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Come wid meeee into da treeees

This writing business is a habit, and one I've gotten out of. Must. Find. Discipline.

The bus moved to Mitla, the remarkably well preserved ruins of a Zapotec city that was occupied until the Spanish arrived. It's continued habitation, and the dry climate, and the seemingly light hand of destruction of the particular Spanish that were there account for its intact state, and the latter is even more strange than usual, as this was a religious city. Porfirio Diaz also took an interest, and given his explosives work at Teotihuacan and his drilling of a sewer through the Aztec Templo Mayor, the preservation is no less than astounding. This site has survived all the douche-baggery in Mexican history. That is, except one small part, which was razed to build a church and its out buildings. I did say light hand of destruction.

Mitla didn't so much have 'temple bases', as pyramids actually are, but rather a series of palace and tomb complexes, which one can still walk through the rooms of (including 2 underground vaults), making imagining life there simpler. The walls have stones laid in such a way to form intricate geometric patterns in a non-carved kind of relief. That this culture was interested in mathematics of space in the way the ancient Greek and Islamic Empires were is clear. As I recall, the exact technique by which these tessellations were built into the walls is unclear. The guide attempted to convince us the the nine edges in the steps of the most famous of Mesoamerican patterns, adopted by the Aztecs and seen on their shields, was in fact symbolic of the nine months of pregnancy. This is a fine historical revision, as months as in the western calendar were not part of the Mesoamerica calendars.

The next stop this day (it was a big day) was at a mezcal refinery. I have said earlier that mezcal is the slutty, rough little sister of tequila, and accordingly it is distilled in (comparatively) roughshod roadhouses where tequila is made in fancy haciendas. The open-air method of distillation is the same. The place we went served us lunch, and Mother ordered the stew, but got soup, even though she ordered the stew. Then they brought the stew out, but they had also brought her soup, which she didn't order. She ordered the stew. But they bought her soup. But she ordered the stew. In any case, the guide told me something interesting about the people in the hills near the distillery growing loads of marijuana, but for making spirits out of, rather than smoking, an the over-drinking of this to fend off the cold has led to much by way of social problems.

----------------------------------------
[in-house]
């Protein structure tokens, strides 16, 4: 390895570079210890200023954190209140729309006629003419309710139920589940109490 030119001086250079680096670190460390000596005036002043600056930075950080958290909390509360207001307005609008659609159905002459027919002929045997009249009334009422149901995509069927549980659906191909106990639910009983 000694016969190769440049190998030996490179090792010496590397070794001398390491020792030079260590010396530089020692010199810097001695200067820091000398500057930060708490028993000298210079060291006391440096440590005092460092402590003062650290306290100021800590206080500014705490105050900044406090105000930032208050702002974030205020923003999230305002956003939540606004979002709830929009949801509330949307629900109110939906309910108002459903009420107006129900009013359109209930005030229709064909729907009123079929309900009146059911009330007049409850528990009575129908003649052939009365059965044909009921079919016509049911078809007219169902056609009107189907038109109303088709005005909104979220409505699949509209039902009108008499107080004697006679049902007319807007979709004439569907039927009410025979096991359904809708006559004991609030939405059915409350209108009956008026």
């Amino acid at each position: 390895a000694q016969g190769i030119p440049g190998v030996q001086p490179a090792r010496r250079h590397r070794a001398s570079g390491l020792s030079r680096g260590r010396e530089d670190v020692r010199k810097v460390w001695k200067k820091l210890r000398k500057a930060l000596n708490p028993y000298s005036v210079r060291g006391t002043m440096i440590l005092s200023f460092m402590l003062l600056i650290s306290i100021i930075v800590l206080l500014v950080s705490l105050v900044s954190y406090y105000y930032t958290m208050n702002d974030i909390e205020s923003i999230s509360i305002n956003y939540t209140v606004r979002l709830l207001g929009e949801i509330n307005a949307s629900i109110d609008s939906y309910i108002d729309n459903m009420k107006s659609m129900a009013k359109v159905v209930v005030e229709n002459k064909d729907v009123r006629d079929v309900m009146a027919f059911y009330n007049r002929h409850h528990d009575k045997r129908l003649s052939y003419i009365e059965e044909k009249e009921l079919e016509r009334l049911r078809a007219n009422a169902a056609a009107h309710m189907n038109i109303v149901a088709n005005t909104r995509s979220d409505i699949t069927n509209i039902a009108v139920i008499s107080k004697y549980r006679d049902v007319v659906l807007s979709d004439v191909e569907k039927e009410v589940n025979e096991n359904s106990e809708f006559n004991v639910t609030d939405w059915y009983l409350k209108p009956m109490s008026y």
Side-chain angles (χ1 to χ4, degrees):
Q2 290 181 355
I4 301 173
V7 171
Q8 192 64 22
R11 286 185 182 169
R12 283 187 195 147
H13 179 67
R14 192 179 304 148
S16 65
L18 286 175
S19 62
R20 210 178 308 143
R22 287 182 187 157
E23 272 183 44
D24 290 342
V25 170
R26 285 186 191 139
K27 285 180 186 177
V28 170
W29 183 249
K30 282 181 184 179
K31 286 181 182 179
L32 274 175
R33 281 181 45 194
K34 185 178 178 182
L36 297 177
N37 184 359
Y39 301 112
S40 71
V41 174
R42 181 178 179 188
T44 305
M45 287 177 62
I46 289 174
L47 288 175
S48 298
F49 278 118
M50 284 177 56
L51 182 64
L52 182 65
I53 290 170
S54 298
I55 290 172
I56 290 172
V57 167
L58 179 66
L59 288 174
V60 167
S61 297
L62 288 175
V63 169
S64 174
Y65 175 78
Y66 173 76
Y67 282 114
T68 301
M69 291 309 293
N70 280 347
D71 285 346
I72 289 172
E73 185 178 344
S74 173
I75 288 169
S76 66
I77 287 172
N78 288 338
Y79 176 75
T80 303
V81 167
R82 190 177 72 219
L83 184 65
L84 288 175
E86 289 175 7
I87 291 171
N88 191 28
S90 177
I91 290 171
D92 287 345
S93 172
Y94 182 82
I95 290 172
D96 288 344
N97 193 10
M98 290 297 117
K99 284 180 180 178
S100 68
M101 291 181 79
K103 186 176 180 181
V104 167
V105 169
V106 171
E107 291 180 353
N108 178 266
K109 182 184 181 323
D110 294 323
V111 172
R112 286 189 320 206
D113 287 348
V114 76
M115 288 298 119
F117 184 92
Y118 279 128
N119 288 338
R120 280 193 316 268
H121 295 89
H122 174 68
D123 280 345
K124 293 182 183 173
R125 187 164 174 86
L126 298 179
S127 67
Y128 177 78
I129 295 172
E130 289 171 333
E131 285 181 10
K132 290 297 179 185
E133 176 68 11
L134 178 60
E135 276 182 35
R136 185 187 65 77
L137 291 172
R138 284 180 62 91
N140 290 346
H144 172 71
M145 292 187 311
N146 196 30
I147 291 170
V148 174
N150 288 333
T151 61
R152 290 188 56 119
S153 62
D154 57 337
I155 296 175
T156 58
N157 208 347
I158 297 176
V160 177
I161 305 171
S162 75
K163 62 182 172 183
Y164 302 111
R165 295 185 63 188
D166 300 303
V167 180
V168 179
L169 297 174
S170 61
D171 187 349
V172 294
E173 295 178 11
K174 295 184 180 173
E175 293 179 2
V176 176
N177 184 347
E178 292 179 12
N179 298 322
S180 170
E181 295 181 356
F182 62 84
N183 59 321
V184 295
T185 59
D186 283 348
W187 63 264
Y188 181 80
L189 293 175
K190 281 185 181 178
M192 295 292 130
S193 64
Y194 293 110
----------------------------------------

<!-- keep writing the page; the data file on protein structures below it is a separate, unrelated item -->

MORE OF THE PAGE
Finally, as the sun was setting, the bus stopped at the average Mexican village (i.e., lots of stucco, lots of white and yellow paint, lots of no front yards) of Santa María del Tule. Average, except for housing the Arbol del Tule – the 'stoutest', and allegedly oldest, tree on Earth. The scientific consensus on age is 1,433-1,600 years, though the plaque at the site says more than 2000. It is home to some poxy feral cat, and stands a few dozen metres from another tree of the same species that is younger, but of the same order of magnitude in age. The aquifers of the trees have been tapped by the local town, causing them to look like going roots-up, but a new aquifer has supposedly been built into the water system just for them. I can't recall the number, but they drink a ridiculous number of litres of water each day. What do you do if you have two ancient trees standing more than a building's width apart? If you are Mexican, you build another church.

Mirshod returned to Mexico City at this point, having not seen the sea; being that Uzbekistan is doubly land-locked, he had never seen the sea, and we had made it a mission to rectify this, but failed on this attempt.

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Comments

( 2 comments — Leave a comment )
(Anonymous)
Oct. 15th, 2012 02:44 am (UTC)
Culinary lack-of-delights
I feel I am missing so many higher levels of appreciation for this entire piece by my lack of cultural bagg-er, awareness of the particular food ordering sketch.

Also, I am curious as to the dating of living objects that need to keep living. Carbon dating requires detritus that is no longer alive, right? And no tree rings, so how's the dating work?
(Anonymous)
Oct. 15th, 2012 01:04 pm (UTC)
Re: Culinary lack-of-delights
Nah, you didn't miss any skit. It was an in-joke shared with Nae, primarily. I promise not to do it again.

I believe the ageing is an extrapolation (which is probably dodgy) from observing (i.e. cutting down) others of the same species.
( 2 comments — Leave a comment )

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